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Development within agencies, continuous integration, and Gitlab CI

There’s a lot of excellent discussion about continuous integration and how useful it is in modern web development. In this post, E2 Digital’s Tim Oliver explains how to get started with GitLab CI.

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There’s a lot of excellent discussion about continuous integration (CI) and how useful it is in modern web development. If you’re relatively new to the concept, this post by Robbie Averill is a good starting point. Below, I’ll describe the use case for CI from an agency perspective and explain practically how we’re using CI with GitLab at E2 Digital.

The CI use case from a different angle

The reality of an agency environment is that you have a constant flow of projects and updates going on at all times. It’s a constant whirlwind. The websites you’re looking after were built at different times and by different people and subteams. Sometimes, you’re updating an experimental project from a few years ago, and other times you’re taking a subcontractor’s site and updating it. Budgets and timelines are often tight, there are compromises involved, and many things competing for attention. As you improve your tooling, it’s often impossible to apply those improvements to your older work.

One of the biggest changes over the last 10 years of web development has been the shift in complexity from backend to frontend development. This article sums it up pretty well. Once upon a time you could just edit CSS, but any modern website requires some kind of build process and tooling to generate your frontend assets. The rate of change in this area of the industry is high, so how do you get started working on a project? You probably have source control, you probably have some documentation, but it’s easy for things to get out of date.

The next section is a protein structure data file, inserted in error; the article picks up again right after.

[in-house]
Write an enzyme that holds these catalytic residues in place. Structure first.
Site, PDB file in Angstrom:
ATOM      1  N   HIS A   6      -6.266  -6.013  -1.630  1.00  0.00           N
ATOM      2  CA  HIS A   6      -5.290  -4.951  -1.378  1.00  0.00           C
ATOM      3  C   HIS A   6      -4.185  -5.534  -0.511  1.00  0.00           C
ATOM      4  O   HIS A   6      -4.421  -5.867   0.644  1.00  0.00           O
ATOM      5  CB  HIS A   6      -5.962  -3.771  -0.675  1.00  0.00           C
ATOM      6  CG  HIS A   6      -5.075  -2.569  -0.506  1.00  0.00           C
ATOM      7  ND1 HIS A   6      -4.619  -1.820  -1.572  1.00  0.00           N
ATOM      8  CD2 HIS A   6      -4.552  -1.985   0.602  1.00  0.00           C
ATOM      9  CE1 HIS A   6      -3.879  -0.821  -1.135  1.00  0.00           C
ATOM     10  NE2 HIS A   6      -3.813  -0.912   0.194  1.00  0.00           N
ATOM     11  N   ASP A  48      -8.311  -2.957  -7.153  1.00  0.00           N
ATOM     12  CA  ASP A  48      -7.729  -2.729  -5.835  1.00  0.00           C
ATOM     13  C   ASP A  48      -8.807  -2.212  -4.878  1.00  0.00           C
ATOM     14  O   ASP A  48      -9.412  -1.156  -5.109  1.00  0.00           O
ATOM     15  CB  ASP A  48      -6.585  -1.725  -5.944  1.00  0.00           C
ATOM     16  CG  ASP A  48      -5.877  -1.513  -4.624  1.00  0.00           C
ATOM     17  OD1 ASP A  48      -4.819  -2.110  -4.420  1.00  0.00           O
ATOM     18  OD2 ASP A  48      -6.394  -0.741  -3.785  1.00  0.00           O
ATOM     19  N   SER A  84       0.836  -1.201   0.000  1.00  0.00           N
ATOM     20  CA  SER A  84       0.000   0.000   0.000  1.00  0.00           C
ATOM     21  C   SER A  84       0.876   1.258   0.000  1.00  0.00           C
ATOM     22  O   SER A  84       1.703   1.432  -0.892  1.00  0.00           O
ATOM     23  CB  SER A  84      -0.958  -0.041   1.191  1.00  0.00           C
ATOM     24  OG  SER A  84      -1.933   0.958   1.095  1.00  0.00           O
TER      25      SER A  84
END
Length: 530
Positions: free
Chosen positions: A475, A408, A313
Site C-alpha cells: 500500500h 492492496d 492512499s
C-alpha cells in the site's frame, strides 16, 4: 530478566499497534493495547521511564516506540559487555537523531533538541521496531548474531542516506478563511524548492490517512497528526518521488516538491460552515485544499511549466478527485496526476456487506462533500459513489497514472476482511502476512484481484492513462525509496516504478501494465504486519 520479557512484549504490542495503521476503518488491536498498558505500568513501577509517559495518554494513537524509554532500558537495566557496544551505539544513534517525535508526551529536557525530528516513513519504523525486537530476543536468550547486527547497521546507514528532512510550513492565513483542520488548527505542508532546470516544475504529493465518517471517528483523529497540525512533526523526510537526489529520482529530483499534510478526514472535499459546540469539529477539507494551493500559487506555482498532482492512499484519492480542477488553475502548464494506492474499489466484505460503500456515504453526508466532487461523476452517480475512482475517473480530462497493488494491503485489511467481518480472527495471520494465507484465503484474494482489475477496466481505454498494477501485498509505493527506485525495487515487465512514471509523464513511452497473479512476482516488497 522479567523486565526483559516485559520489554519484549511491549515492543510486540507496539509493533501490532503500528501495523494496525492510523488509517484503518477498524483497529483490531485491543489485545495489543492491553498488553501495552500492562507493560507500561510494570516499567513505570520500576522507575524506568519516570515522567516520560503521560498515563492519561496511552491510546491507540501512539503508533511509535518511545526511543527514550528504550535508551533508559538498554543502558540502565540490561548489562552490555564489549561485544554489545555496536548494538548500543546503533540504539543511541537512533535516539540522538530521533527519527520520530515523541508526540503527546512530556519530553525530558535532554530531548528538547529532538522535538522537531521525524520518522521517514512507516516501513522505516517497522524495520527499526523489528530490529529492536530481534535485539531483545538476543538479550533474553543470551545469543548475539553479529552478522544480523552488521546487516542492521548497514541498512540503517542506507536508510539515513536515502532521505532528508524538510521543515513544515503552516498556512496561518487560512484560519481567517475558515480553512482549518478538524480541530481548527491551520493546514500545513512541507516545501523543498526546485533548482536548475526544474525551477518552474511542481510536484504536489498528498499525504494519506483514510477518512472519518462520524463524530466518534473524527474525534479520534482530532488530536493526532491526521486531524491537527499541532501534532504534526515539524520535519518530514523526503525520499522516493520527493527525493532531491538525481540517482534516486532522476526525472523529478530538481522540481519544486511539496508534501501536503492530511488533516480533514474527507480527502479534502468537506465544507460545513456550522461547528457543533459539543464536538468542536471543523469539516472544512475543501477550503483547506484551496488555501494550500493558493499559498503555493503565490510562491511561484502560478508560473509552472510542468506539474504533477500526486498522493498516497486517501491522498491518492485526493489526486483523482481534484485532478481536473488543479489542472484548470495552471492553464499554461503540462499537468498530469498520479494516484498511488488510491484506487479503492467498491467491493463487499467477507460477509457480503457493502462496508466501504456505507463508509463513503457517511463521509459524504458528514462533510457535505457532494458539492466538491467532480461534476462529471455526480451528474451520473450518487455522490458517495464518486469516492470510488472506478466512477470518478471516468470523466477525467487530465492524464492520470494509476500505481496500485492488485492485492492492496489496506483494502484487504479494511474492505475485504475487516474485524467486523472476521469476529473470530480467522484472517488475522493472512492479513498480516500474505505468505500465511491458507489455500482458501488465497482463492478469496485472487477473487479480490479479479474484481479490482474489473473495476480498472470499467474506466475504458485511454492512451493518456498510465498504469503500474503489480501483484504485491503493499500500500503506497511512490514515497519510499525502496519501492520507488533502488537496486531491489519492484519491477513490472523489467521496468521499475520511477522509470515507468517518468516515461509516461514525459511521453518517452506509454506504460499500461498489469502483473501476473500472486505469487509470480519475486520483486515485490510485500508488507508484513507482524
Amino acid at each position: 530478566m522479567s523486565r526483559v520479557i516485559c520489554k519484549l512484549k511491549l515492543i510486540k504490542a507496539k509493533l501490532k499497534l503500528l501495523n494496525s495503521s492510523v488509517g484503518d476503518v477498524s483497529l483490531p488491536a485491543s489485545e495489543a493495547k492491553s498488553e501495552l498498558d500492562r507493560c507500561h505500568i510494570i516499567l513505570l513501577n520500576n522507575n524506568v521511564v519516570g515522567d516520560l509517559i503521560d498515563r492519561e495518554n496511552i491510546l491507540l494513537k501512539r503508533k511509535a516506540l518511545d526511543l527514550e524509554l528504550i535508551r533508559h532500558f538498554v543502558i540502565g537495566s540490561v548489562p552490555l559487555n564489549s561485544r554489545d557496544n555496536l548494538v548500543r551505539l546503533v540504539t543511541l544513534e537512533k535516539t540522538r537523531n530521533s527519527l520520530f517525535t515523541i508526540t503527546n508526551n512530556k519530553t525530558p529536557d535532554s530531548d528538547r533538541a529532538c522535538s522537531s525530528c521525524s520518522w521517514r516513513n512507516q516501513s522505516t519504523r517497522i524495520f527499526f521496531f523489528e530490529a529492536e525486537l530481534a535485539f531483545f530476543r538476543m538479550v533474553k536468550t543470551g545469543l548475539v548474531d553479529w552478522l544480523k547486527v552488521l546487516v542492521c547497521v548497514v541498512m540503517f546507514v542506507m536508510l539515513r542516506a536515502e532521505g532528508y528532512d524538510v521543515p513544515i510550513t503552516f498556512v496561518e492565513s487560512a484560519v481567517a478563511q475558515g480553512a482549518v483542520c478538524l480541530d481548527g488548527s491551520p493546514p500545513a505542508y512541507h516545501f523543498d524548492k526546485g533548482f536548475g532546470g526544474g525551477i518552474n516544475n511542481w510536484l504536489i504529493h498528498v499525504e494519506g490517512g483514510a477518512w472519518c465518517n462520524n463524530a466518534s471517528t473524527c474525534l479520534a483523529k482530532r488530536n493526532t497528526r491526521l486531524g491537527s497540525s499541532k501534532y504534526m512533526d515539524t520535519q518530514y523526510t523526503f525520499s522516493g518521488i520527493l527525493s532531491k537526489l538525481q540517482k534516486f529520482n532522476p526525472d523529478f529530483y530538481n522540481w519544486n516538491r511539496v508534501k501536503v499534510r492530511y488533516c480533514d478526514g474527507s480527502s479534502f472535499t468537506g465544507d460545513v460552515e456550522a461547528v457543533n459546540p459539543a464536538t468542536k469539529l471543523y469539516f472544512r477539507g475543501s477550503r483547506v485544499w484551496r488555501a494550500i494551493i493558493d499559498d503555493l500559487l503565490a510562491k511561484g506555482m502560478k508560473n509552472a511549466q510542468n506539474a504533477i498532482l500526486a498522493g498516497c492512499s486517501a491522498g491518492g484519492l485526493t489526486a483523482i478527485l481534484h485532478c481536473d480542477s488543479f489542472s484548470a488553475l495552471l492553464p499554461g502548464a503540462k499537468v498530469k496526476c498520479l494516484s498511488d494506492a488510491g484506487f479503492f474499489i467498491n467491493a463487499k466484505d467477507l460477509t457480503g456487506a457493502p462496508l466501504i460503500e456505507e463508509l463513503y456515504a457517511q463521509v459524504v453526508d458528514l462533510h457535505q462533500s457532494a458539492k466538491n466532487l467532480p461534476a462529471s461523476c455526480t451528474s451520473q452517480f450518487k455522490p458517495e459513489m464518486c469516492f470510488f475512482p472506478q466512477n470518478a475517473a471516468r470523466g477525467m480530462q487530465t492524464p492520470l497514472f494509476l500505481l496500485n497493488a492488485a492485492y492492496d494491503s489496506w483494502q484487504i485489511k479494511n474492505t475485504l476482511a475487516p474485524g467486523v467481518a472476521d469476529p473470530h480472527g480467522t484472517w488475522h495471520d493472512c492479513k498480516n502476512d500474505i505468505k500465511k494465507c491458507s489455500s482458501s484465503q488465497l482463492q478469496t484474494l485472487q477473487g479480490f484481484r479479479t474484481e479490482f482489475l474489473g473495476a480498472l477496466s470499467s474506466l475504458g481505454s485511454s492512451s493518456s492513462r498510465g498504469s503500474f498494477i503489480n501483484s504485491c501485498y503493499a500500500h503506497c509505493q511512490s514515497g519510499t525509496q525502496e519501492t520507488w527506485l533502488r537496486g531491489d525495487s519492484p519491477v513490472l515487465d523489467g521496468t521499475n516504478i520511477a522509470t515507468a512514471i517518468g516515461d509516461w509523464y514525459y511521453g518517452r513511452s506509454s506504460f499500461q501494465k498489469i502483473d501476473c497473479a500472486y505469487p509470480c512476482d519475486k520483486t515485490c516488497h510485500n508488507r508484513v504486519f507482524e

Enter GitLab CI

GitLab has an integrated CI tool that’s really easy to get started with. Because it’s right there and straightforward we were able to get going without committing to setting up extra services and build servers. It’s fully integrated with GitLab so you can see the status of the build attached to each merge request and commit.

The CI configuration for a site lives right in the source code with the rest of your code. That’s been the best part for us at E2 Digital – there’s no separate service to configure, which cuts down the maintenance load and the learning curve for people coming in.

How are we using GitLab CI at E2 Digital?

  • Test that our composer dependencies are able to be installed successfully.
  • Build our frontend assets and store them as build artifacts to be used in the deploy stages.
  • Deploy to the staging environment on commits to master.
  • Create a release branch when the repository is tagged and deploy to a UAT environment on the SilverStripe Platform using the Deploynaut API.

Why a release branch?

When using preprocessors such as Sass, we don’t want to commit the compiled CSS and other build artifacts to our Git repository as we have to deploy to the SilverStripe Platform through a repository. We therefore need the compilation to happen somewhere. What we do through GitLab CI is commit the build artifacts to our separate release branches when we create a tag on our repository. But thanks to package deployments, the release branches approach is no longer required.  

A quick introduction

All you need to do to get started with GitLab CI is add a file named .gitlab-ci.yml to your GitLab repo, push your code to GitLab, and it’ll start running your tests or build. This works with their free private repos too and although you have a limited amount of processing time per month, it’s completely fine for getting started.

Your build runs on a Docker container on Github’s infrastructure by default. The build itself is a list of arbitrary shell commands. If you have a series of commands that you type to build your code, you can copy them into the file and get started that way.